Support for medical device conception and early development

Medical device developers are increasingly subject to requirements that incorporate user needs assessment into their product design and development processes. A detailed understanding of user needs and expectations is essential to ensure the safety and effectiveness of the end product. This mastery of the user’s needs is essential to determine the user satisfaction criteria and to characterize the future determinants of the adoption of the product.

MCP brings you both a methodological support and the tools to study and analyze the needs and expectations of users. MCP’s contribution is based on knowledge of medical practices and care.

Task analysis is the analysis of how a task is accomplished, including a detailed description of both manual and cognitive activities, task and element durations, task frequency, task allocation, task complexity, environmental conditions, and any other unique factors involved in or required for medical device users to perform a given tasks.

The focus of functional tasks analysis is on the description and the content of each tasks to be achieved to produce safe and efficient device functions and subfunctions. Each taks and groups of task are groupe according the expected effets of the device to satisfy user’s need and expectations

The focus of the cognitive walkthrough is on the understanding of new device learnability for new or inferents new users.

The focus of contextual environment analysis is on the identification and characterization of all factors present in the user’environment in which the medical device is used such as (hopital ward, home, travel, climat, sport activities and so forth).

A systematic and early human risk analysis and a usability evaluation allow medical device developpers and manufacturers to identify and control risks within the human-device interaction very efficiently. FDA and EMEA pay a great attention on the identification and the elimination of human-induced errors and risk mitigation to achieve reliable design and error-tolerant device interface.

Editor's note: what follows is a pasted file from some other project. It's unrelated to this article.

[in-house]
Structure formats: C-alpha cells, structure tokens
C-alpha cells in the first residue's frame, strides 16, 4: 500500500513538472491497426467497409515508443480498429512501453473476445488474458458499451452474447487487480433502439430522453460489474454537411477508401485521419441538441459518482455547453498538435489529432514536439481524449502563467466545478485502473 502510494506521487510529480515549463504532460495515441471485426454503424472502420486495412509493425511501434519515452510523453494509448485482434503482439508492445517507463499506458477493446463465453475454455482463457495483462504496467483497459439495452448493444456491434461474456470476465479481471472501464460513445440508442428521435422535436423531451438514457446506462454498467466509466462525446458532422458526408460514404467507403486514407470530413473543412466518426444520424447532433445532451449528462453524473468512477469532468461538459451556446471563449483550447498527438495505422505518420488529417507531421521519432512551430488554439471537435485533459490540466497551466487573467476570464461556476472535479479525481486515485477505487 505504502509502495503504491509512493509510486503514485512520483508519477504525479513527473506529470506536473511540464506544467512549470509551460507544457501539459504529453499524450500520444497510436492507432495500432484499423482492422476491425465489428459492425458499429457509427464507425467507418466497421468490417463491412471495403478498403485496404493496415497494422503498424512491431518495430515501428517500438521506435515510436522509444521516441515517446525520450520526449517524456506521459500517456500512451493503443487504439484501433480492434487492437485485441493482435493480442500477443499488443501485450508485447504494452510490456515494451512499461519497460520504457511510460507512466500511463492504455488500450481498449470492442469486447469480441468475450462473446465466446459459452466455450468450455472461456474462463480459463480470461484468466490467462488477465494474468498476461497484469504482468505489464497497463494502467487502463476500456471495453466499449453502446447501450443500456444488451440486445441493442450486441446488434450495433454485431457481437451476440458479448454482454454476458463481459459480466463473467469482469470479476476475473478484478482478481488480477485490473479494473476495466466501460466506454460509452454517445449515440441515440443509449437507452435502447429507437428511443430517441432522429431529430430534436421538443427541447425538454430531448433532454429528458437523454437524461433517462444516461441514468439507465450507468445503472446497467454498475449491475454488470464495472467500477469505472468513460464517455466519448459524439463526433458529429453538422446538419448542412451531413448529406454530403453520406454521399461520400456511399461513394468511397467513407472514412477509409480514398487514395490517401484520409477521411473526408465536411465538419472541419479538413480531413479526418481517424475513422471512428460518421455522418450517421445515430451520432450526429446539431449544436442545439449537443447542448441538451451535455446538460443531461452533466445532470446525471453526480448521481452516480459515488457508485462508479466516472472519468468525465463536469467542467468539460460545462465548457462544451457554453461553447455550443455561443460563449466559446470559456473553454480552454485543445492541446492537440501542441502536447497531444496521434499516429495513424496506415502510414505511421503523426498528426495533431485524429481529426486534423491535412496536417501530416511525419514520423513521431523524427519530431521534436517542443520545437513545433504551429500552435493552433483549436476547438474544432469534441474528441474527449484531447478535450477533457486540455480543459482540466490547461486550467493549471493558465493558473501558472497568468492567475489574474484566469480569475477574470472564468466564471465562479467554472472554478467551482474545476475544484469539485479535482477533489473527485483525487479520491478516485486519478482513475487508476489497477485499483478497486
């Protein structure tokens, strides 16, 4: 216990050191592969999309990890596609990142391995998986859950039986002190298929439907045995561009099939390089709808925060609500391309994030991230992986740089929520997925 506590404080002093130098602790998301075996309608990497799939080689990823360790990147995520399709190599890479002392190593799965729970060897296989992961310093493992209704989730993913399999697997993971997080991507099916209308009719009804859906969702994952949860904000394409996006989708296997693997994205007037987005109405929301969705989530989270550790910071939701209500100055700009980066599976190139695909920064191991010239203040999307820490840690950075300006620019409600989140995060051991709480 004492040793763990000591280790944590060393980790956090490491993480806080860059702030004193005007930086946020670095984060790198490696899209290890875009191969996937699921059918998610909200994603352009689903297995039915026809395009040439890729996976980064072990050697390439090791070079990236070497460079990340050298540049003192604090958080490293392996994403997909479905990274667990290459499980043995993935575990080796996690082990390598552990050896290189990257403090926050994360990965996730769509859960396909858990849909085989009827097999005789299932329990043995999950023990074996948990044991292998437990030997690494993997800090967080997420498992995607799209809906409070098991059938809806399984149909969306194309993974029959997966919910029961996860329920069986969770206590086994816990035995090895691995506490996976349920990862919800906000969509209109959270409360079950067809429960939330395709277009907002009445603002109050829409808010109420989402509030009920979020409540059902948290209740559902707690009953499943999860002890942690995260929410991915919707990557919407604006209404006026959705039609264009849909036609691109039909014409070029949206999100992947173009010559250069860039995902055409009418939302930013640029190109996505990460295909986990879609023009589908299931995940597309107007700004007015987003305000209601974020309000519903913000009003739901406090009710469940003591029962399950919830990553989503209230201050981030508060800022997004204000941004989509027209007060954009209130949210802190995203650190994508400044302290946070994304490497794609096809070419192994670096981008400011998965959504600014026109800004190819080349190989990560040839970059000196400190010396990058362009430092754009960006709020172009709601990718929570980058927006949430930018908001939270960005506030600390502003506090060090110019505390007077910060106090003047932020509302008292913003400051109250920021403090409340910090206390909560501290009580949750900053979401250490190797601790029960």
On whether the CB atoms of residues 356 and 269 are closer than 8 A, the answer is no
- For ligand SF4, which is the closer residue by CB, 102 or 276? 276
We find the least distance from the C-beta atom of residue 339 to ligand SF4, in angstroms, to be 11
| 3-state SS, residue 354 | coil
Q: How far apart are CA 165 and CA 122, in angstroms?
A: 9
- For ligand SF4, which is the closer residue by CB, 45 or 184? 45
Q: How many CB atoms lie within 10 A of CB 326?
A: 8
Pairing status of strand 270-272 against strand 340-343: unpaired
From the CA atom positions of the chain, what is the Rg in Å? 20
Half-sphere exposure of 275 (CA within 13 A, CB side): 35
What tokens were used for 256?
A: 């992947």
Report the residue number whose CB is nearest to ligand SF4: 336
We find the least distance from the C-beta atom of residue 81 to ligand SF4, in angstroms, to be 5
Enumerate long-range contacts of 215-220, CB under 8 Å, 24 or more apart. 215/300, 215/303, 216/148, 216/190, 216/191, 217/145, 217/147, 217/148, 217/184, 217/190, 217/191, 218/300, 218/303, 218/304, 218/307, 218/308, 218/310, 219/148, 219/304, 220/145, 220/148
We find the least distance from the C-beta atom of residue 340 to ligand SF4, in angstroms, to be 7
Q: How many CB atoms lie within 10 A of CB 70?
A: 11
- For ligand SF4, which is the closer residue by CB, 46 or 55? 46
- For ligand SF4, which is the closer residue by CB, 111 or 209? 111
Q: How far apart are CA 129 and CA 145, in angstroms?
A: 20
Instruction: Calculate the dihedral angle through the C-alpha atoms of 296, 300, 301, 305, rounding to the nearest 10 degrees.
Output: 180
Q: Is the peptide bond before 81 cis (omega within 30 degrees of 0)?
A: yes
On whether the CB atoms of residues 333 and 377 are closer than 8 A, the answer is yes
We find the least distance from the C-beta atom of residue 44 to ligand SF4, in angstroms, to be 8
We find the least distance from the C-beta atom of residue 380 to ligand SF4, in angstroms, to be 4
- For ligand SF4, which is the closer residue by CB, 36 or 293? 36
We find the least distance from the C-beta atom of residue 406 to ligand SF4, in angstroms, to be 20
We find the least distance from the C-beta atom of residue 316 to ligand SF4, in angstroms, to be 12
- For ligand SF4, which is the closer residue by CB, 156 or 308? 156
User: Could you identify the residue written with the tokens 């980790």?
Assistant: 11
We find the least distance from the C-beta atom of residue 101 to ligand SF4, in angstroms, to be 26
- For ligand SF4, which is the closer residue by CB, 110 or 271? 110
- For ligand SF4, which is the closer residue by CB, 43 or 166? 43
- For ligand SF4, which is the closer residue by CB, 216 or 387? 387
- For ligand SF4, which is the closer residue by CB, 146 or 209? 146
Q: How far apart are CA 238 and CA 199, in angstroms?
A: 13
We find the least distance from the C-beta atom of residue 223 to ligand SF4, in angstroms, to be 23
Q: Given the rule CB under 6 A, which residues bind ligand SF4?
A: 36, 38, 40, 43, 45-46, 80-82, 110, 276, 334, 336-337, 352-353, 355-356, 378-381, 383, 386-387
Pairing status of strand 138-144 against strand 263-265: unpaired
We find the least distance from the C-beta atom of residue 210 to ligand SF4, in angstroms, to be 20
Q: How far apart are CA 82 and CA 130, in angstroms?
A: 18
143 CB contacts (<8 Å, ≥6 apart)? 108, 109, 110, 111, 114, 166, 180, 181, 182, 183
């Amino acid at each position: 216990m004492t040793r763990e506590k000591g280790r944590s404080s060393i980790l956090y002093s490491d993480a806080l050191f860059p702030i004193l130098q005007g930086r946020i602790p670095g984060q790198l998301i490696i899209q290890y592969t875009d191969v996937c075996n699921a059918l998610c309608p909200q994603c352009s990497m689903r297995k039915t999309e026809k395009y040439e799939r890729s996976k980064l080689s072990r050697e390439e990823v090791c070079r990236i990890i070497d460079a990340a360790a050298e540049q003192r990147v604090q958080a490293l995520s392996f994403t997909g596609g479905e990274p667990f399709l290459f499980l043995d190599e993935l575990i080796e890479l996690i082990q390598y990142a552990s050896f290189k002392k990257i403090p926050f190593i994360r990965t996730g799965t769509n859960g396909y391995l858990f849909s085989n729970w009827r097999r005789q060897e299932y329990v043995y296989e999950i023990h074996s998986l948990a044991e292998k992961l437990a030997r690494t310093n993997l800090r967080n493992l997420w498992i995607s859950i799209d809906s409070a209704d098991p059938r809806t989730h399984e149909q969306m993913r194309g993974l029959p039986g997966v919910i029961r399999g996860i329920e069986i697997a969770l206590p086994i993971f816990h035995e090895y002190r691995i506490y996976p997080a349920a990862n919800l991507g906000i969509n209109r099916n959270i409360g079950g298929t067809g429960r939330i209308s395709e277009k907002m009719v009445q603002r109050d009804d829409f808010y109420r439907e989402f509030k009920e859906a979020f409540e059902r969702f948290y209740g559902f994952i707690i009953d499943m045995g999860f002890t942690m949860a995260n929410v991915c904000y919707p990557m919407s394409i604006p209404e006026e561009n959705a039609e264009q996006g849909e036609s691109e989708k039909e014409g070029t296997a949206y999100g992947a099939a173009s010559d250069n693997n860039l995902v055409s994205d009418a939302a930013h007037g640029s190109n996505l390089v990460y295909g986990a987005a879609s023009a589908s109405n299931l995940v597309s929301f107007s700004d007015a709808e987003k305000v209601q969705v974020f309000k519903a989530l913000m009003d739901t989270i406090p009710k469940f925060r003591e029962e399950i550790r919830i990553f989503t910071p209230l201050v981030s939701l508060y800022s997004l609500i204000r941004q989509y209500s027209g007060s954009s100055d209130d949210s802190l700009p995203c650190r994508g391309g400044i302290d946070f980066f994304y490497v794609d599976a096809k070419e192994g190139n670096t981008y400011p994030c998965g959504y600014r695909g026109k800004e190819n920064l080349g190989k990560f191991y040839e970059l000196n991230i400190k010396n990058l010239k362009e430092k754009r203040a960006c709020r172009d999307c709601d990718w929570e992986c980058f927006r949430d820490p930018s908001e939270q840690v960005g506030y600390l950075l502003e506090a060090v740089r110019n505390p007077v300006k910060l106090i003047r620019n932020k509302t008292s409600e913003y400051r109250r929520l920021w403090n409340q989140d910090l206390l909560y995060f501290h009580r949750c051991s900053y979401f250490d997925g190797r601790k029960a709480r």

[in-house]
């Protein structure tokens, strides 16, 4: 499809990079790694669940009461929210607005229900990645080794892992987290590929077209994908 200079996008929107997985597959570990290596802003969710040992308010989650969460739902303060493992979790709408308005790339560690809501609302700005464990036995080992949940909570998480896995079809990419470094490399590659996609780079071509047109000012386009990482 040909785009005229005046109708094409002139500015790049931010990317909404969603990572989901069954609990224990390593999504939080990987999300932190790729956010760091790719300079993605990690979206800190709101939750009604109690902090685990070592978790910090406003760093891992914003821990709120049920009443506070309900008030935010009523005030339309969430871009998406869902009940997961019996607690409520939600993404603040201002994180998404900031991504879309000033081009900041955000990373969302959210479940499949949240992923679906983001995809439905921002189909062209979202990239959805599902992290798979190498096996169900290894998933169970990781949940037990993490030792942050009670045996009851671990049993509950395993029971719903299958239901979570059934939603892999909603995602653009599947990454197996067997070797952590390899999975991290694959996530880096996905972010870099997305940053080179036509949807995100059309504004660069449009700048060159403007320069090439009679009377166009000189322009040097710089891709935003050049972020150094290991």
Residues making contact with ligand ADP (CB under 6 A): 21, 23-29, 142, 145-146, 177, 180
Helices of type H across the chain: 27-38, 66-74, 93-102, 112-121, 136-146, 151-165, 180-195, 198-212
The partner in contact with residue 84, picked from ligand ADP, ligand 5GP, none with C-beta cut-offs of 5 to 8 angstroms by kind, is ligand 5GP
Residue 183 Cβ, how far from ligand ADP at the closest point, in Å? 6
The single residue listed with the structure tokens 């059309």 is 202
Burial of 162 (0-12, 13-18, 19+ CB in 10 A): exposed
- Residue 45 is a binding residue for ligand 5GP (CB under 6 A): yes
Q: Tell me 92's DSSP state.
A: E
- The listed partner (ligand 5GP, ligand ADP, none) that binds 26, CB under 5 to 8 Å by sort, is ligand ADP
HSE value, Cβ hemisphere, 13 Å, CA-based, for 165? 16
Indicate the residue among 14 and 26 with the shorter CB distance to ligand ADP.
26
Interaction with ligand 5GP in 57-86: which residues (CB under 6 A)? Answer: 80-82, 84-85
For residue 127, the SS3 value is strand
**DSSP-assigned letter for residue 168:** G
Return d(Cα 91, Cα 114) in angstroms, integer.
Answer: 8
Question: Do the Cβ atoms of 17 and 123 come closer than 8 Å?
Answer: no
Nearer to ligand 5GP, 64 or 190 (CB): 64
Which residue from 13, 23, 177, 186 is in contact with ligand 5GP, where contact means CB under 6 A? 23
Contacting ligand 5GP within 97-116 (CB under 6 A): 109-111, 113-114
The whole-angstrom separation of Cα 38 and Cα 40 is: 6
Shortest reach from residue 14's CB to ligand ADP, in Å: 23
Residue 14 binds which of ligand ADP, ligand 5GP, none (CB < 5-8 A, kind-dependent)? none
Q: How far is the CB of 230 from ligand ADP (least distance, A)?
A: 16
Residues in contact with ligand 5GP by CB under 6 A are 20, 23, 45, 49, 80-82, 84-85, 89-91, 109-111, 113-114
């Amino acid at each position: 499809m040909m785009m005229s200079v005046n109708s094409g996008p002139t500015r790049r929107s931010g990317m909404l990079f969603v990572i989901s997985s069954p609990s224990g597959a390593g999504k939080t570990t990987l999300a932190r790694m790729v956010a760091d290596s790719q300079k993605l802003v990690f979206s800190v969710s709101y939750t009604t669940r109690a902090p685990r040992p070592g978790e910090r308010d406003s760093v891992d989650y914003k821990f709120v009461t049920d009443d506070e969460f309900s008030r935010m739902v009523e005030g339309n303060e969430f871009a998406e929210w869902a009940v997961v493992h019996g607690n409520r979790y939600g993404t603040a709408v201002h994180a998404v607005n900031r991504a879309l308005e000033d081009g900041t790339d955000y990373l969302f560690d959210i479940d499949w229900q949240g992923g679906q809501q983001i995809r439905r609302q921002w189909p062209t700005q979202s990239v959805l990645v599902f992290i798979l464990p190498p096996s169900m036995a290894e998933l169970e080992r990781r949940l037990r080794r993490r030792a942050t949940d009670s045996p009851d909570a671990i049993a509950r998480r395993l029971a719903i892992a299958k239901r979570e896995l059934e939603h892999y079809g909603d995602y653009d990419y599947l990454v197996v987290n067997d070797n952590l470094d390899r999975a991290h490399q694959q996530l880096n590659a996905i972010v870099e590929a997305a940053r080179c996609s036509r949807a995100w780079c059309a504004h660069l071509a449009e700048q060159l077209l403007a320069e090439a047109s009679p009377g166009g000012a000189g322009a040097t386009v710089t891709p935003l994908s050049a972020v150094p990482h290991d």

In this contex MCP has developed tools and corresponding standardised operating procedures for model-based human risk analysis supported by HF & usability studies. The MCP tools and procedures can be used from early developmental stages up to validated product.

Human factors and usability studies

Formative research studies focus on testing concept designs with targeted users to identify which concept is the best direction to pursue. It is designed to measure and study all facets of usability and identify refinement opportunities to be integrated into the final design. We conduct simulations of use with all targeted user groups using a combination of rapid print models, storyboards, annotated drawings, IFUs, and training to evaluate all concept options and individual features within each concept with the goal of down-selecting to the best final design. Each project is different and it’s very common to conduct multiple Formative Research Studies as you continue to evolve your design thinking.

Summative evaluations are the formal validation studies conducted for the final version of the device. These studies are your Human Factors Validation Testing that must follow the requirements of the FDA guidance, Applying Human Factors and Usability Engineering to Medical Devices, and the EU standard, IEC 62366-1: Medical devices – Part 1: Application of usability engineering to medical devices. These studies consist of a minimum of 15 participants for each defined user group and must be performed in actual or simulated use environments.

Human factors data exploitation for technical files development and registration filling

The validation of the user documentation that includes the instructions for use is a requirement of the Health Agencies. This validation is carried out by observation tests of the instructions and training guides to check whether the user, particularly the layman, understands and can correctly follow this information. It is no longer acceptable to register a new medical device with the risk of error of the user as an explanation of the problems of use of the device. AAMI has recognized that the application of good human factors methods, including improved labeling and notes and user guides, helps optimize user performance.